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Tag: Graduate School and International Education

Seeing the Saw-Whet

“The research is invigorating and an inspiring way to be involved in ornithology and bird conservation,” Pruitt said. “Plus, the saw-whet owl is clearly the cutest owl in the world.”

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Show Me the Rails

In August the Research Frontiers blog highlighted Auriel Fournier’s summer field research in Saskatchewan, Canada, where she banded and measured captured rails as part of a project to better understand how the elusive wetland birds migrate. This fall, Auriel, a doctoral candidate with the Arkansas Cooperative Fish and Wildlife Research Unit in the Department of Biological Sciences, has turned her attention to her ongoing fieldwork in Missouri. Auriel and her technicians head out at night on all-terrain vehicles in wetlands across the Show Me State, to document the response of rails to different management decisions. This is her fourth fall field...

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Nabbing a Python

It was night-time in Singapore when Phil Vogrinc came face-to-face with the longest species of snake in the world. Phil, a master’s student in the Department of Biological Sciences, spotted the reticulated python stretched out on the floor of a mangrove forest near a trail. Vogrinc, who is spending the summer in Singapore and Malaysia surveying certain semi-aquatic snakes for the National Science Foundation, captured the 8-foot snake. (Click here to read more about Phil’s research in East Asia this summer.) “Adult reticulated pythons can grow to almost 23 feet,” Phil said. “I gave the snake to Mary-Ruth Low,...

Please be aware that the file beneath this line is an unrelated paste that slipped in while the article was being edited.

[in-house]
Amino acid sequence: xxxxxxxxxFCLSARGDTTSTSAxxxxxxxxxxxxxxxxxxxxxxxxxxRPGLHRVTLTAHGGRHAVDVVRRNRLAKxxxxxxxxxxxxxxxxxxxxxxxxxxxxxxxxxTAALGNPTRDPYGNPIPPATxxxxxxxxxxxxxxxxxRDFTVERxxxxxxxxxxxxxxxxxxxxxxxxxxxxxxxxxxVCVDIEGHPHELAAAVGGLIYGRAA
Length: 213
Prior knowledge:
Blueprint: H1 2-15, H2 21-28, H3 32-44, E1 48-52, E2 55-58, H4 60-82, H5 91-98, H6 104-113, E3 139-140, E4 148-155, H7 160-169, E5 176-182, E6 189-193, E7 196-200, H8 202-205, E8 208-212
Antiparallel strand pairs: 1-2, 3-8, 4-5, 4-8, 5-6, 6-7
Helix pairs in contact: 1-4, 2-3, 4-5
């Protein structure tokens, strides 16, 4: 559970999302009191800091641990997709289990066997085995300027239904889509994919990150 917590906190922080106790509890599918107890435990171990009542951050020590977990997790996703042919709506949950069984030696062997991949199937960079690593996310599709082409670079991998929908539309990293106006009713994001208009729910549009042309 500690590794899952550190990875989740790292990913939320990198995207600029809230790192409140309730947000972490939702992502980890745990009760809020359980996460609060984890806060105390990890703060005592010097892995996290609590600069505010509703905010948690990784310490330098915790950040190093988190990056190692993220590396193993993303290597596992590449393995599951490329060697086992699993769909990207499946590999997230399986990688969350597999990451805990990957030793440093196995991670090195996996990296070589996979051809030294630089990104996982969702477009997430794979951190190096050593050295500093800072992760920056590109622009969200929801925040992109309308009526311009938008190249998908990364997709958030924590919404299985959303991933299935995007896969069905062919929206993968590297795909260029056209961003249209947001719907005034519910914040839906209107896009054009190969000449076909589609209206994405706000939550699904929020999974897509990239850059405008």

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Protecting a Threatened Crayfish

About half of the roughly 440 crayfish species native to North America are considered in need of protection, primarily due to the spread of invasive crayfish. That’s why a team of graduate students led by faculty in the Arkansas Cooperative Fish and Wildlife Research Unit in the Department of Biological Sciences spent the summer studying the Mammoth Spring crayfish in the Ozark Highlands of Arkansas and Missouri. The Mammoth Spring crayfish is native to the Spring River drainage but is being threatened by the invasive ringed crayfish, which is native to the White River drainage but not native to the Spring...

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